Cambodia is a country in mainland Southeast Asia, bordering Thailand, Laos, Vietnam, the Gulf of Thailand and covers a total area of 181,035 km2 (69,898 sq mi). The country is situated in its entirety inside the tropical Indomalayan ecozone and the Indochina Time zone (ICT).Cambodia's main geographical features are the low lying Central Plain that includes the Tonlé Sap basin, the lower Mekong River flood-plains and the Bassac River plain surrounded by mountain ranges to the north, east, in the south-west and south. The central lowlands extend into Vietnam to the south-east. The south and south-west of the country constitute a 443 km (275 mi) long coast at the Gulf of Thailand, characterized by sizable mangrove marshes, peninsulas, sandy beaches and headlands and bays. Cambodia's territorial waters account for over 50 islands. The highest peak is Phnom Aural, sitting 1,810 metres (5,938 ft) above sea level.The landmass is bisected by the Mekong river, which at 486 km (302 mi) is the longest river in Cambodia. After extensive rapids, turbulent sections and cataracts in Laos, the river enters the country at Stung Treng province, is predominantly calm and navigable during the entire year as it widens considerably in the lowlands. The Mekong's waters disperse into the surrounding wetlands of central Cambodia and strongly affect the seasonal nature of the Tonlé Sap lake.Two third of the country's population live in the lowlands, where the rich sediment deposited during the Mekong's annual flooding makes the agricultural lands highly fertile. As deforestation and over-exploitation affected Cambodia only in recent decades, forests, low mountain ranges and local eco-regions still retain much of their natural potential and although still home to the largest areas of contiguous and intact forests in mainland Southeast Asia, multiple serious environmental issues persist and accumulate, which are closely related to rapid population growth, uncontrolled globalization and inconsequential administration.The majority of the country lies within the Tropical savanna climate zone, as the coastal areas in the South and West receive noticeably more and steady rain before and during the wet season. These areas constitute the easternmost fringes of the south-west monsoon, determined to be inside the Tropical monsoon climate. Countrywide there are two seasons of relatively equal length, defined by varying precipitation as temperatures and humidity are generally high and steady throughout the entire year.

Geography of Ireland

Ireland is an island in Northwestern Europe in the north Atlantic Ocean. The island lies on the European continental shelf, part of the Eurasian Plate. The island's main geographical features include low central plains surrounded by coastal mountains. The highest peak is Carrauntoohil (Irish: Corrán Tuathail), which is 1,041 meters (3,415 ft) above sea level. The western coastline is rugged, with many islands, peninsulas, headlands and bays. The island is bisected by the River Shannon, which at 360.5 km (224 mi) with a 102.1 km (63 mi) estuary is the longest river in Ireland and flows south from County Cavan in Ulster to meet the Atlantic just south of Limerick. There are a number of sizeable lakes along Ireland's rivers, of which Lough Neagh is the largest.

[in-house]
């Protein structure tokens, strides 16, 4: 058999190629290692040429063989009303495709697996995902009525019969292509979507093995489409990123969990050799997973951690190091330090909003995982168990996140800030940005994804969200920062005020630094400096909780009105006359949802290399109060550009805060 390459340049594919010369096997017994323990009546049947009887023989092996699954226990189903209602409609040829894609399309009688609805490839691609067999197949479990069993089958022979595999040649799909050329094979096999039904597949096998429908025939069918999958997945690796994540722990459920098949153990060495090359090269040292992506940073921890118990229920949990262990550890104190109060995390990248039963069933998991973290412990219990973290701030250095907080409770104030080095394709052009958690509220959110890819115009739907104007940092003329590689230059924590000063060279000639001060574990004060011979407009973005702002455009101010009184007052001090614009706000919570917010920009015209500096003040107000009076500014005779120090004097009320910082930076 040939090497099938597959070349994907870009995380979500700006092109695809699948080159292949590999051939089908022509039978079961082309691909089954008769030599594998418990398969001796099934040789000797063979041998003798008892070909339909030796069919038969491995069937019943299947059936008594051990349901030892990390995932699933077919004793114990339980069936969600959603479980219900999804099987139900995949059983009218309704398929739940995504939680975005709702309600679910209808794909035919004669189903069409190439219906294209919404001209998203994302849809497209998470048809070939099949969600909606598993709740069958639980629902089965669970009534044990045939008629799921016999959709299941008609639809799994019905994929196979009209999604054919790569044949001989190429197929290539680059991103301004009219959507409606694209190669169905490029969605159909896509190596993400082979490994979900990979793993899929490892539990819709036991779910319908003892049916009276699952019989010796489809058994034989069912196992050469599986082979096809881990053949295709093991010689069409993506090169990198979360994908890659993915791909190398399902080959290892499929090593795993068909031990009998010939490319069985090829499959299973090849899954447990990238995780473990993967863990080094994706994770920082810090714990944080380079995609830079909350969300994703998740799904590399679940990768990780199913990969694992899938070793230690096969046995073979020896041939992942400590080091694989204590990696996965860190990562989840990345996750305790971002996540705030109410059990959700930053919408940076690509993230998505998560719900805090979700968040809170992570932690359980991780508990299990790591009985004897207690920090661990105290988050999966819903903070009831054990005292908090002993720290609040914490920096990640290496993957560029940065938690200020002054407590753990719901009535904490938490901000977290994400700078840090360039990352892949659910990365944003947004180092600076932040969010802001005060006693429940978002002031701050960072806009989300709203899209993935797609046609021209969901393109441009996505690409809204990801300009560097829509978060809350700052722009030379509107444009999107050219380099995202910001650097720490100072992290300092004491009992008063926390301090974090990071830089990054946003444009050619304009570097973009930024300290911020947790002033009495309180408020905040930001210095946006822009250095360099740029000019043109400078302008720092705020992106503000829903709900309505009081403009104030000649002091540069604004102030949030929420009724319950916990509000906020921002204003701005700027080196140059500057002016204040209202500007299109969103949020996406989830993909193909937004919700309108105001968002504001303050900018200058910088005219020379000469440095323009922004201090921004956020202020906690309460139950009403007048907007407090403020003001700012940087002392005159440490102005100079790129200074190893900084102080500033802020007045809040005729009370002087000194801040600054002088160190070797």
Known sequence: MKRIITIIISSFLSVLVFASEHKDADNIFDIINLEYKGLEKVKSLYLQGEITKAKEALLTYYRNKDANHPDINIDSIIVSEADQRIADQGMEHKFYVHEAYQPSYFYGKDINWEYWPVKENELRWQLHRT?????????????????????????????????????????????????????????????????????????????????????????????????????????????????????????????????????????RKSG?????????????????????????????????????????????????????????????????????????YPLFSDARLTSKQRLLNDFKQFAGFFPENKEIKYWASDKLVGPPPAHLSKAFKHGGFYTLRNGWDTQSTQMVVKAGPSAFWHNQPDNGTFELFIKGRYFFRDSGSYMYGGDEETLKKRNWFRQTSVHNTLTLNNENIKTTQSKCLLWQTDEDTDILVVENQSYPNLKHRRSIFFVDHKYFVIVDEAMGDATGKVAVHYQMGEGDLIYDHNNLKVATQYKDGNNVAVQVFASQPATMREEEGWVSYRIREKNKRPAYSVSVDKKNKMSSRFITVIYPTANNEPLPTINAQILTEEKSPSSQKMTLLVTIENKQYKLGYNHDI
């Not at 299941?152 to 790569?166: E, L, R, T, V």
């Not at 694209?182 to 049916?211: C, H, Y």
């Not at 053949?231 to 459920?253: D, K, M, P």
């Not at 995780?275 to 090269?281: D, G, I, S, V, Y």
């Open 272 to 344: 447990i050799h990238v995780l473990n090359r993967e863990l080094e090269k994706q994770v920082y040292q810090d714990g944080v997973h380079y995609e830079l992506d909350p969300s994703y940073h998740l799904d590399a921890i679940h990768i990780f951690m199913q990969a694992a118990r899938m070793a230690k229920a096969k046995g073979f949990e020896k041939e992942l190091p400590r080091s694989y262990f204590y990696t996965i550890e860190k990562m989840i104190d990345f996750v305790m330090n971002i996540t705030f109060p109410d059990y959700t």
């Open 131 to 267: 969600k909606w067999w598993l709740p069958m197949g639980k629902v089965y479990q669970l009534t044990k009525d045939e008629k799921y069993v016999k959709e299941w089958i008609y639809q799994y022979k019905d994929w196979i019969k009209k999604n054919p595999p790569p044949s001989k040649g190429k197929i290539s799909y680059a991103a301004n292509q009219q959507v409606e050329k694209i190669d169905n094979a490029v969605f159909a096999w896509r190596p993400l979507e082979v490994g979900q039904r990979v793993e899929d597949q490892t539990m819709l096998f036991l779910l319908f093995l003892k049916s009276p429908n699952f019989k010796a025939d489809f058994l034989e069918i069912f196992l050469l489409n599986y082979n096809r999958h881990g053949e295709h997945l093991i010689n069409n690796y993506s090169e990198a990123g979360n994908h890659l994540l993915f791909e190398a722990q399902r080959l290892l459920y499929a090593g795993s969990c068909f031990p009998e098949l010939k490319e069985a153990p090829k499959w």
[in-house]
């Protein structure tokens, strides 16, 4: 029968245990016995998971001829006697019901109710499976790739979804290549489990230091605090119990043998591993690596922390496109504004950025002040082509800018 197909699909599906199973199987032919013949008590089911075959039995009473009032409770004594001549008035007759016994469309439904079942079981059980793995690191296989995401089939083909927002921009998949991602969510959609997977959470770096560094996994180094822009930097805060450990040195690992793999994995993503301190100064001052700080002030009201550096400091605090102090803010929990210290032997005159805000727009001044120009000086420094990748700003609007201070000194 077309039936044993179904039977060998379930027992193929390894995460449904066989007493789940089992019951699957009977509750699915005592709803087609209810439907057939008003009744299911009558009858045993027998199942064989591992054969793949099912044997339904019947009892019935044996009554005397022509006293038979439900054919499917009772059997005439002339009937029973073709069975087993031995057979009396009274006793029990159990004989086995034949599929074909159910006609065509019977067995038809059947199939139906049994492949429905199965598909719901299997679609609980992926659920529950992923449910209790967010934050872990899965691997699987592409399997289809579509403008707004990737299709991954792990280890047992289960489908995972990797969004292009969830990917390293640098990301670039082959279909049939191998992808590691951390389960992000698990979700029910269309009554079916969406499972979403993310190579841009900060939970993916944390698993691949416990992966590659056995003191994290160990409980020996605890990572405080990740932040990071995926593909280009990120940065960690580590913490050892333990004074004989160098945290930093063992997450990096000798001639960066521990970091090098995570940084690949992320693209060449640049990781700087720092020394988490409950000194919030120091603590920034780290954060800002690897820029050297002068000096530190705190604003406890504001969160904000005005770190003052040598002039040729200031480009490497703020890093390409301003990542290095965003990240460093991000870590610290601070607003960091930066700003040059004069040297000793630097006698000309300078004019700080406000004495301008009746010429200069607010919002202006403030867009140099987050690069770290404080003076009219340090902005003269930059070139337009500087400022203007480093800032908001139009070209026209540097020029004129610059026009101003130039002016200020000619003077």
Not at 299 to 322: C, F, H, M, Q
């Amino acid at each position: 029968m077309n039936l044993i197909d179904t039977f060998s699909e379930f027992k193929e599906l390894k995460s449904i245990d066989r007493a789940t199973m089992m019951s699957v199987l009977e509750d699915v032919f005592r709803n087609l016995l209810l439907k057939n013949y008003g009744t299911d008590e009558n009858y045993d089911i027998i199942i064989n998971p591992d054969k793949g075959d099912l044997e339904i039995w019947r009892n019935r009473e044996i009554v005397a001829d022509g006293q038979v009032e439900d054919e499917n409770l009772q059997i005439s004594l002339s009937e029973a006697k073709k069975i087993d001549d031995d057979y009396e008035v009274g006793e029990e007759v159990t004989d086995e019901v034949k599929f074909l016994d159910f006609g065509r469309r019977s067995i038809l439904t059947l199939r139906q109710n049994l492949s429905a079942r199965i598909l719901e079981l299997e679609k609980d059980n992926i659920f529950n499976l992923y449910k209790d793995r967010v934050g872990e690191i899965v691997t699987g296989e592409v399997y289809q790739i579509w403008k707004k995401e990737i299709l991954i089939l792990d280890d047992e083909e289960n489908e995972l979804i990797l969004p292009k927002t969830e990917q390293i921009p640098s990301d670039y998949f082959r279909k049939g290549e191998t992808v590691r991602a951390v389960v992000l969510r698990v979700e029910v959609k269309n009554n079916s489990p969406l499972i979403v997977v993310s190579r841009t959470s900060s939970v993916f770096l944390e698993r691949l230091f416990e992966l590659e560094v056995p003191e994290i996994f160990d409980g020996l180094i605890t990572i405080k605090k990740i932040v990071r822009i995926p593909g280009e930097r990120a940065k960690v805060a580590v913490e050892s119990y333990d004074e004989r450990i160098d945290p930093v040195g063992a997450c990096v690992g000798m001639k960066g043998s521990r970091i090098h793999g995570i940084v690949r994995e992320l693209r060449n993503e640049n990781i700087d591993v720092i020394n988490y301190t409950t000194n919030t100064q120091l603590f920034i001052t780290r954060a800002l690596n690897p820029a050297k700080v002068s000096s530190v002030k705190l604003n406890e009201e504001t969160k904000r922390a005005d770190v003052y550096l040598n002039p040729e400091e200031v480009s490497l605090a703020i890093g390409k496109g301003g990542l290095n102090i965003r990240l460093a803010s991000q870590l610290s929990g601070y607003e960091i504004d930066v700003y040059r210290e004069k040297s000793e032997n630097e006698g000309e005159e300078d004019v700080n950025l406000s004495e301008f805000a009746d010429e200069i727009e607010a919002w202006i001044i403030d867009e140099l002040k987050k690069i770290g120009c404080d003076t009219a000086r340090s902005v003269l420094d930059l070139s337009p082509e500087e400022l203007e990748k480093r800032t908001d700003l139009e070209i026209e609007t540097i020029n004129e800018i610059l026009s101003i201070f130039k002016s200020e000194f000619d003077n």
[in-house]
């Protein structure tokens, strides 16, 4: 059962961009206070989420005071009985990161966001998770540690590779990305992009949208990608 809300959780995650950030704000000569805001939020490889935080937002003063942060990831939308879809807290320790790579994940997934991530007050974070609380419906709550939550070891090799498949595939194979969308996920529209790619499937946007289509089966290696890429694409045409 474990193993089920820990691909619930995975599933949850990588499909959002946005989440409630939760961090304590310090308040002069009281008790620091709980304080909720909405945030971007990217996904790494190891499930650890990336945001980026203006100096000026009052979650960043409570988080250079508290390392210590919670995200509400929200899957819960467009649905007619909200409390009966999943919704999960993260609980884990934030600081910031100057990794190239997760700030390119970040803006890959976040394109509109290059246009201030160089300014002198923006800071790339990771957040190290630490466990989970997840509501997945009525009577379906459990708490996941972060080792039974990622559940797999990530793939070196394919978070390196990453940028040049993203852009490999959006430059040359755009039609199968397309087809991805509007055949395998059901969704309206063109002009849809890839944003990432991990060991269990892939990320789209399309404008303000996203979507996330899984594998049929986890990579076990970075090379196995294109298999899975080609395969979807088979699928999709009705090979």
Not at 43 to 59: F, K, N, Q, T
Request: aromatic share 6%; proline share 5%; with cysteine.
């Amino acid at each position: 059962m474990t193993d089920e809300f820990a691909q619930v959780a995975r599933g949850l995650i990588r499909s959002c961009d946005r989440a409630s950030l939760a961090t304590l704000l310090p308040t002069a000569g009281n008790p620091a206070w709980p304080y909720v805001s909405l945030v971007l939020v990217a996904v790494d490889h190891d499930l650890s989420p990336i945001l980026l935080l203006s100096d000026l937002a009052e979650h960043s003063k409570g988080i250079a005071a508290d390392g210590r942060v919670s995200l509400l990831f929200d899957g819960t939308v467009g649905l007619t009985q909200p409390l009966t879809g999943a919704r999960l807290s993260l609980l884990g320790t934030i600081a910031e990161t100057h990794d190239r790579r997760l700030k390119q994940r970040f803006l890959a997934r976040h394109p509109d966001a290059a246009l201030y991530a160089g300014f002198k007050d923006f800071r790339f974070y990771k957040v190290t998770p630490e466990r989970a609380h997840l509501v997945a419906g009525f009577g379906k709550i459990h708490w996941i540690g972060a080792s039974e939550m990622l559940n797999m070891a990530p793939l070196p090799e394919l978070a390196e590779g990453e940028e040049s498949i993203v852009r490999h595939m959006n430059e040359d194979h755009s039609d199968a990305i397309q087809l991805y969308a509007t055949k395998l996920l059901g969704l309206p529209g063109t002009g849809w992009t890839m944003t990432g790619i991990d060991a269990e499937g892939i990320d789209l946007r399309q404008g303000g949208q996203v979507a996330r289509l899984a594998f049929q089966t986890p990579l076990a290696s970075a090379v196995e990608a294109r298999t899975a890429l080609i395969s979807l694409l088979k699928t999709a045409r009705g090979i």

Politically, the island consists of the Republic of Ireland, with jurisdiction over about five-sixths of the island; and Northern Ireland, a constituent country (and an unconfirmed "practical" exclave) of the United Kingdom, with jurisdiction over the remaining sixth. Located west of the island of Great Britain, it is located at approximately 53°N 8°W. It has a total area of 84,421 km2 (32,595 sq mi). It is separated from Great Britain by the Irish Sea and from mainland Europe by the Celtic Sea.

Ireland and Great Britain, together with nearby islands, are known collectively as the British Isles; as the term British Isles is controversial in relation to Ireland, the alternative term 'Britain and Ireland' is increasingly preferred.

Golding Island

Golding Island (sometimes seen spelt as "Goulding Island") is one of the Falkland Islands, just to the north of West Falkland in Keppel Sound and near Keppel and Pebble Islands. It has a complex shape, with narrow headlands and bays, and a pond in the middle.

Golding Island is a sheep farm, and was previously farmed together with Pebble Island and Keppel Island by the Dean Brothers. It is now owned by the Hirtle family. The settlement is in the south east, near Hummock Point.

After a raid on San Carlos Water during the Falklands War, Capitan Garcia, an Argentine airman, ejected from his aircraft, an Argentine A-4C Skyhawk . At the time, his body was not recovered, but was washed ashore in a dinghy in 1983. The island was also bombed during the War by the Argentines who thought that they picked up a radio transmission from here.

Headland

A headland is a coastal landform, a point of land usually high and often with a sheer drop, that extends into a body of water. It is a type of promontory. A headland of considerable size often is called a cape. Headlands are characterised by high, breaking waves, rocky shores, intense erosion, and steep sea cliff.

Headlands and bays are often found on the same coastline. A bay is flanked by land on three sides, whereas a headland is flanked by water on three sides. Headlands and bays form on discordant coastlines, where bands of rock of alternating resistance run perpendicular to the coast. Bays form when weak (less resistant) rocks (such as sands and clays) are eroded, leaving bands of stronger (more resistant) rocks (such as chalk, limestone, granite) forming a headland, or peninsula. Through the deposition of sediment within the bay and the erosion of the headlands, coastlines eventually straighten out then start the same process all over again.